A unique record of a Shropshire town on the eve of the English Civil War has come home to the county.
The 1640 document, written on parchment and over two metres long, was recently bought for £1,300 by Shropshire Archives at an auction at Sotheby's.
It lists the amount of money collected from over 340 Ludlow men and women for the unpopular Ship Money tax, a factor in causing the 17th Century dispute.
The document can be seen at Shropshire Archives in Castle Gates, Shrewsbury.
Traditionally, Ship Money had been raised in ports and other coastal areas, so asking for it to be collected from places such as Ludlow was seen as unfair and illegal.
The people listed in the document include Sir Marmaduke Lloyd, an important lawyer and judge active in local and national politics.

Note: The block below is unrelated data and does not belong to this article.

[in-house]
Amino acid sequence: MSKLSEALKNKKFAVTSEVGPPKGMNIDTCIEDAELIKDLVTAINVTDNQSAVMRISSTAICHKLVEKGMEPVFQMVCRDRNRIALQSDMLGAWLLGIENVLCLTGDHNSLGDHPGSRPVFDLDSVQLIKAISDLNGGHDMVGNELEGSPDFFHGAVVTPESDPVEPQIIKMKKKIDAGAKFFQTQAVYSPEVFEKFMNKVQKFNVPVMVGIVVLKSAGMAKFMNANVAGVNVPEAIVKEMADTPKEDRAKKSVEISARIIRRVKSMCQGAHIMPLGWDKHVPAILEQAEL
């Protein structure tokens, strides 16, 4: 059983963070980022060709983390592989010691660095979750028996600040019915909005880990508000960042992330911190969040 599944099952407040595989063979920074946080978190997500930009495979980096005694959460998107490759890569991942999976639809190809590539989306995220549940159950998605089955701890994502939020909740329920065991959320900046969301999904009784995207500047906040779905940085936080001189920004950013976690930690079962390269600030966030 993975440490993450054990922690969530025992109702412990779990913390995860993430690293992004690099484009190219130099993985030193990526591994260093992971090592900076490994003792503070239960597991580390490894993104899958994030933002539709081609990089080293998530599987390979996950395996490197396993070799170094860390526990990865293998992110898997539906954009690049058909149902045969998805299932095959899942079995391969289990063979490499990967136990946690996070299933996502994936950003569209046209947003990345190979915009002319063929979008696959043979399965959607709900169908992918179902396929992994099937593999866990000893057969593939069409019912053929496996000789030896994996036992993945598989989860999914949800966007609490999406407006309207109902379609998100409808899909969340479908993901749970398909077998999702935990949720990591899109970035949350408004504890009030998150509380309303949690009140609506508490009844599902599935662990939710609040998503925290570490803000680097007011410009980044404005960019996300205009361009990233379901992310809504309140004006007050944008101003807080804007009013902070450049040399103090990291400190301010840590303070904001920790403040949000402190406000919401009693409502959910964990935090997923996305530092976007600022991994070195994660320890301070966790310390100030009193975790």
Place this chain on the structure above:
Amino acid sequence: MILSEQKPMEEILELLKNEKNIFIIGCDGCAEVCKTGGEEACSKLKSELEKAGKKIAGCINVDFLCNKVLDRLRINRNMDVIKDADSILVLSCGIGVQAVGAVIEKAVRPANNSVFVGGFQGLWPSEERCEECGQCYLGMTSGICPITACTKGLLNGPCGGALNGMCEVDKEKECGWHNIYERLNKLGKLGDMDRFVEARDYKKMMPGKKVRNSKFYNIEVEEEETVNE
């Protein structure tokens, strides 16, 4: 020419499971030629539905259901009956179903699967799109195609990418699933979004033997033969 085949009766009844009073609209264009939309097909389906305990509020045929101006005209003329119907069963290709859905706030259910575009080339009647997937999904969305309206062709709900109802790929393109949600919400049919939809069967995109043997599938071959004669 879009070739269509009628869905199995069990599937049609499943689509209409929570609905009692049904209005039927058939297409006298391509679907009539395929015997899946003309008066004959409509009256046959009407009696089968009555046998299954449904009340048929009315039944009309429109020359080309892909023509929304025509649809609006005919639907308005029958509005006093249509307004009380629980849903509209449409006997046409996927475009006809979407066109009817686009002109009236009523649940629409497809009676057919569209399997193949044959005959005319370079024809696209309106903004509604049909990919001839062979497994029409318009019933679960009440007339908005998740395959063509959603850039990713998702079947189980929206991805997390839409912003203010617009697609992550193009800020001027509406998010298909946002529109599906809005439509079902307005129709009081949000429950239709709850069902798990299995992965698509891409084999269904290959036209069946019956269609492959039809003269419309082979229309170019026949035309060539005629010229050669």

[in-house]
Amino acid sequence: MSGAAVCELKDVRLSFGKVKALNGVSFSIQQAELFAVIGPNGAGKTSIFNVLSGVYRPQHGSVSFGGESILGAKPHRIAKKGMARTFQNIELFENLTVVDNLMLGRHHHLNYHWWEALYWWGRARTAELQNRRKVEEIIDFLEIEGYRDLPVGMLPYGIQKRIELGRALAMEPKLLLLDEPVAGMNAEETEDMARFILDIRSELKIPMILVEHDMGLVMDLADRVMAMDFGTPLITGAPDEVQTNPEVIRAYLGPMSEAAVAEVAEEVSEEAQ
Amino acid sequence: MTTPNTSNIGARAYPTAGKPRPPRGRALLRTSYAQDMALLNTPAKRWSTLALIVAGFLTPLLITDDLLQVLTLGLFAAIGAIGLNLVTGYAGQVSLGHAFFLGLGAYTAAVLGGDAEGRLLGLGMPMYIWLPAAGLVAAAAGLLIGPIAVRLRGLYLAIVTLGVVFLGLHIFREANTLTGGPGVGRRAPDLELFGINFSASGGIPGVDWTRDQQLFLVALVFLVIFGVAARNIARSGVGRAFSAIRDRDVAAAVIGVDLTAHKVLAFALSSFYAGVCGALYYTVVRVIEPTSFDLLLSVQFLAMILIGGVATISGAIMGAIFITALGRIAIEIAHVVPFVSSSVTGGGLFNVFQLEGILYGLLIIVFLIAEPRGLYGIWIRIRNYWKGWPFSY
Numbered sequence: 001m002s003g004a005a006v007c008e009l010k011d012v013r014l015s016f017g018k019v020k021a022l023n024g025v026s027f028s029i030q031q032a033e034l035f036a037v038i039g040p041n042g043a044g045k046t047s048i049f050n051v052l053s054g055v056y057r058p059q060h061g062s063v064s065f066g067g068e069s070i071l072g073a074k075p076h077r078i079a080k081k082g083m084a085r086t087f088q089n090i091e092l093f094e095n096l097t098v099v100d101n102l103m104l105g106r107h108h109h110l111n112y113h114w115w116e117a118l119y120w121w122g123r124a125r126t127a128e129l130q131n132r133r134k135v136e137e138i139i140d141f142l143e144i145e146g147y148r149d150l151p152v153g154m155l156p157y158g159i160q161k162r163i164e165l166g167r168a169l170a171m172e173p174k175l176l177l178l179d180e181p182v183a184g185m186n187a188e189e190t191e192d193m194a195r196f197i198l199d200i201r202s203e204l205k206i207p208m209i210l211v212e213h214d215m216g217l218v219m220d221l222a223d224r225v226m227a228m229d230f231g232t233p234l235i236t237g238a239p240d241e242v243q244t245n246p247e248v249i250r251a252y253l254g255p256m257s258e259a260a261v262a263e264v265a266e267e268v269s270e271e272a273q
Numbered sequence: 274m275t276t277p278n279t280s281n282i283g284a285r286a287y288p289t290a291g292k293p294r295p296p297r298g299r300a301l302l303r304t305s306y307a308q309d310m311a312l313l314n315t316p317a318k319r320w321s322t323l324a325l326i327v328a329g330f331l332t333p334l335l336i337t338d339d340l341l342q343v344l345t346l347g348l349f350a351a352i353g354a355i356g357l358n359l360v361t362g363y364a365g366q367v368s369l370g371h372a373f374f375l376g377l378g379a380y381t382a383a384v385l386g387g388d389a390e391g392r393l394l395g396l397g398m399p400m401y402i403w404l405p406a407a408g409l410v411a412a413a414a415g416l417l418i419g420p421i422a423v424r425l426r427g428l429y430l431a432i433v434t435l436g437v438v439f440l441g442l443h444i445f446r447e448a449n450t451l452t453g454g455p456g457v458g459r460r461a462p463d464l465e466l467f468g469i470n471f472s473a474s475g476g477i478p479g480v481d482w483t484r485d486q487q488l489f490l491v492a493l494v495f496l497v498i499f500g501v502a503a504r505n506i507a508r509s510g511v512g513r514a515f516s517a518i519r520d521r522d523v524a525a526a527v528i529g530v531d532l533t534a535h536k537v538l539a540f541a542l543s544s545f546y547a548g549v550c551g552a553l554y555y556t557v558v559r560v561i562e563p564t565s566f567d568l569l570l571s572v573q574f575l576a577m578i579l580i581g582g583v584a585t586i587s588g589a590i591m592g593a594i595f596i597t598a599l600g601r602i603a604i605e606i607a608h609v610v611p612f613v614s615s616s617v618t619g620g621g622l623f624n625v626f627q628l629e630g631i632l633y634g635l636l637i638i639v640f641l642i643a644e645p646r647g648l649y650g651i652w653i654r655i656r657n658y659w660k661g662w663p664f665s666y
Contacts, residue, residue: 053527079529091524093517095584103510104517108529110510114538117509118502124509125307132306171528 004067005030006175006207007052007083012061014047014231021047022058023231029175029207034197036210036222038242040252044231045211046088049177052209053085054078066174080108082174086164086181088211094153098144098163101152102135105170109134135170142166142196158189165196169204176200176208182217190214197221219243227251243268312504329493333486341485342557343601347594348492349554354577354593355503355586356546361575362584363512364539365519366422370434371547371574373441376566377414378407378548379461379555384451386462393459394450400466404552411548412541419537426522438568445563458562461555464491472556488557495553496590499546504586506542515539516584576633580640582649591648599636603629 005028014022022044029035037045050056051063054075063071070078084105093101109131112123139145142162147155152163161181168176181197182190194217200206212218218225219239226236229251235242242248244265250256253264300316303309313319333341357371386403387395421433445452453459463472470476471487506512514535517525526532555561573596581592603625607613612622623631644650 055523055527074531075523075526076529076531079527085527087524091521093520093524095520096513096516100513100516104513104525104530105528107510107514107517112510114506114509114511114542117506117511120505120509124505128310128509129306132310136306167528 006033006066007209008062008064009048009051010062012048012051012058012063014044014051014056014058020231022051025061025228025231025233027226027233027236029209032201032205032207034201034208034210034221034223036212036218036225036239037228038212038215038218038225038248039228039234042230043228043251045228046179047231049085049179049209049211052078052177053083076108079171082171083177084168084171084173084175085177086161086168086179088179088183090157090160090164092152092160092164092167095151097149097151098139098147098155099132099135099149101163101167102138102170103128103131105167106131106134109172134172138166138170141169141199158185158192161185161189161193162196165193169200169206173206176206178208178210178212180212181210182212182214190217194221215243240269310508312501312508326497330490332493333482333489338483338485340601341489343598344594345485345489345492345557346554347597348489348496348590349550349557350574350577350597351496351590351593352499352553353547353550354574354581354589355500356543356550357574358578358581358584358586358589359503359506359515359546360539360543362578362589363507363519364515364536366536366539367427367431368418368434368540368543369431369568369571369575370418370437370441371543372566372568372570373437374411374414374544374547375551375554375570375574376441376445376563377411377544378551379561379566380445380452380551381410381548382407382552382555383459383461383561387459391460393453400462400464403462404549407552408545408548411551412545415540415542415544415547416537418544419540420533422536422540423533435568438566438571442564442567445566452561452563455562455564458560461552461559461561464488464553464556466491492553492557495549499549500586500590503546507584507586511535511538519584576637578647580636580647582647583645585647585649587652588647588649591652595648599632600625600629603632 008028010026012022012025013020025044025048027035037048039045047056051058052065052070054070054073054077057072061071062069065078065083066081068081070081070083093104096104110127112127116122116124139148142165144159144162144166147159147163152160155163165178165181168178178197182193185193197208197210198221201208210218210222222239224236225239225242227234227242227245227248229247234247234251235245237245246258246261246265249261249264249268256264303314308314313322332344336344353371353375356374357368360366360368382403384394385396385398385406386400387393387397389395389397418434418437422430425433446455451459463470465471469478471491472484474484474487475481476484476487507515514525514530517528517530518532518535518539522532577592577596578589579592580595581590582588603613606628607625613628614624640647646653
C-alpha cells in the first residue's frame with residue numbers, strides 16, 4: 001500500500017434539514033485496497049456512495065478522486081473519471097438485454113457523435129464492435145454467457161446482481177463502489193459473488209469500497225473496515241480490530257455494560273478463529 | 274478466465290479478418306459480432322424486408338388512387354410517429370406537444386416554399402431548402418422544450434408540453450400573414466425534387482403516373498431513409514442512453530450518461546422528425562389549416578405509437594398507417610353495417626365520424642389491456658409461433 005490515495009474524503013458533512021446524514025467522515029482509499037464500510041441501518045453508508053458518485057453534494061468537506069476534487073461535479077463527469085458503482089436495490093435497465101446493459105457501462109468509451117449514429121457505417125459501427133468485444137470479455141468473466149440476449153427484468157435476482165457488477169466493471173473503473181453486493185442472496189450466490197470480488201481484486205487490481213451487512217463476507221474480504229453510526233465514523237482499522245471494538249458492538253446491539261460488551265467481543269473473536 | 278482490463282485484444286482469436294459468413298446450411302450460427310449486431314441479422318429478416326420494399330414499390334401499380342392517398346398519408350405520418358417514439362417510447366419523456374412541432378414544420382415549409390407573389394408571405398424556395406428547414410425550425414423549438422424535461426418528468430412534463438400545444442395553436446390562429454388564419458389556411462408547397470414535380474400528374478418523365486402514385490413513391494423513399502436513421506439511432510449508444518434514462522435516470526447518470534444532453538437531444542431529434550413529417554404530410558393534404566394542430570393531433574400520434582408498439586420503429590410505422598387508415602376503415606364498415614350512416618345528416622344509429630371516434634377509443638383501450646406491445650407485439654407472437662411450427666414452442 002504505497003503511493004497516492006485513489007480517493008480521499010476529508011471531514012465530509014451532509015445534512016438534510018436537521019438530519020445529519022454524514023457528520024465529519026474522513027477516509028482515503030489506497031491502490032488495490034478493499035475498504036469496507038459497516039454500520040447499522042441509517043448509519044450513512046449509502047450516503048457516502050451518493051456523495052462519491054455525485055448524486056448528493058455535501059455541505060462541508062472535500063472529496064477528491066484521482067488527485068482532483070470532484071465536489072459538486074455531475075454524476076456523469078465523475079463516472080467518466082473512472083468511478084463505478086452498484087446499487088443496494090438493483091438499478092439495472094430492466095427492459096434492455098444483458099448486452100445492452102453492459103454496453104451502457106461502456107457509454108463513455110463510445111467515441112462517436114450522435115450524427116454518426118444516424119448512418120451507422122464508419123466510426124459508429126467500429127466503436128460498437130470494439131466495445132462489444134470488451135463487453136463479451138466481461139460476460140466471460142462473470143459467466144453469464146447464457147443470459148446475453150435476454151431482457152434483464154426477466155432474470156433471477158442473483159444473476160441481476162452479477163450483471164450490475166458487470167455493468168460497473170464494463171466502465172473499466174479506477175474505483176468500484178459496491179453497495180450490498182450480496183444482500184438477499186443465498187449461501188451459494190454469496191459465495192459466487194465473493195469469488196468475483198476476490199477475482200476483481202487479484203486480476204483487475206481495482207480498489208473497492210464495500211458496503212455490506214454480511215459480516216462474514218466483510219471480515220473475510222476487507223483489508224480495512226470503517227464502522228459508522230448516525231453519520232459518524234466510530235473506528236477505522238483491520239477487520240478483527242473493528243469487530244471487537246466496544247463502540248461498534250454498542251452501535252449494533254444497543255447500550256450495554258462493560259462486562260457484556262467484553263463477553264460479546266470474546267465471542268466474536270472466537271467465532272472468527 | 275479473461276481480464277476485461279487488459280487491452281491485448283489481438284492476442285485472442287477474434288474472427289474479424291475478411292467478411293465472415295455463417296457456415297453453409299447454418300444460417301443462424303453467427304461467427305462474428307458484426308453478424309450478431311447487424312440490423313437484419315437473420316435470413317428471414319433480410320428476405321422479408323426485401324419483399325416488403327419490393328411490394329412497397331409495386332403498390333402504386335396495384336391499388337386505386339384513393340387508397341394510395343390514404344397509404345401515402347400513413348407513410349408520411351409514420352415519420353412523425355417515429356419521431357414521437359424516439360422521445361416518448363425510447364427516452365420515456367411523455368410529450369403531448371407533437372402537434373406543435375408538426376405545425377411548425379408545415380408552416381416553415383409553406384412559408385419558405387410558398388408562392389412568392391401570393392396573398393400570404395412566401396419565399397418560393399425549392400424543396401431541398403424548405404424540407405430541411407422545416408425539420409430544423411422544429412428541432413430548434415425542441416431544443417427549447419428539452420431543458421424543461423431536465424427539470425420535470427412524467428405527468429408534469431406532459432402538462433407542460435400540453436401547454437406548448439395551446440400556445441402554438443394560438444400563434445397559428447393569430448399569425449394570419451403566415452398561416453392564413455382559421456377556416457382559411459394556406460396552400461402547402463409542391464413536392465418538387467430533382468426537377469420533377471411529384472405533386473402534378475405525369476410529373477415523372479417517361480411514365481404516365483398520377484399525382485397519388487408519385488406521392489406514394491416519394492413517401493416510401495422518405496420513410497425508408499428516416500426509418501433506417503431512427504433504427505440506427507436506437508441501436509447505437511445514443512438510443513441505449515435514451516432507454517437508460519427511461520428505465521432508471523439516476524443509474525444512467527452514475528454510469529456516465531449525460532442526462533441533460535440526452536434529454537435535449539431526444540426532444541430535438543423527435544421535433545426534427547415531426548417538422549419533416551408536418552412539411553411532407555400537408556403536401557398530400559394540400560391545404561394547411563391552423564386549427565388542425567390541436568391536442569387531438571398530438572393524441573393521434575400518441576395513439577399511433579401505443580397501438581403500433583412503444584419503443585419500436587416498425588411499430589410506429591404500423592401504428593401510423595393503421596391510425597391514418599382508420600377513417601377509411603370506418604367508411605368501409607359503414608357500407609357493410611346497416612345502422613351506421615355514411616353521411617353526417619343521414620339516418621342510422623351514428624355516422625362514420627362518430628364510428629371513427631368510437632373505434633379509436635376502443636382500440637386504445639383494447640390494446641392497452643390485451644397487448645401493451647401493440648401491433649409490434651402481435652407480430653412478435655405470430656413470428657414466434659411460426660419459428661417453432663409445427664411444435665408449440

Peter Phillips, Shropshire County Council's cabinet member for economy and culture, said: "I am delighted that this document has been purchased by the county council and will now be preserved for future generations."
County archivist Mary McKenzie said: "We hold a wonderful collection of records from the Borough of Ludlow, and this document was originally part of that collection, but must have been separated from the rest many years ago.
"It is great to bring it back to Shropshire where it belongs."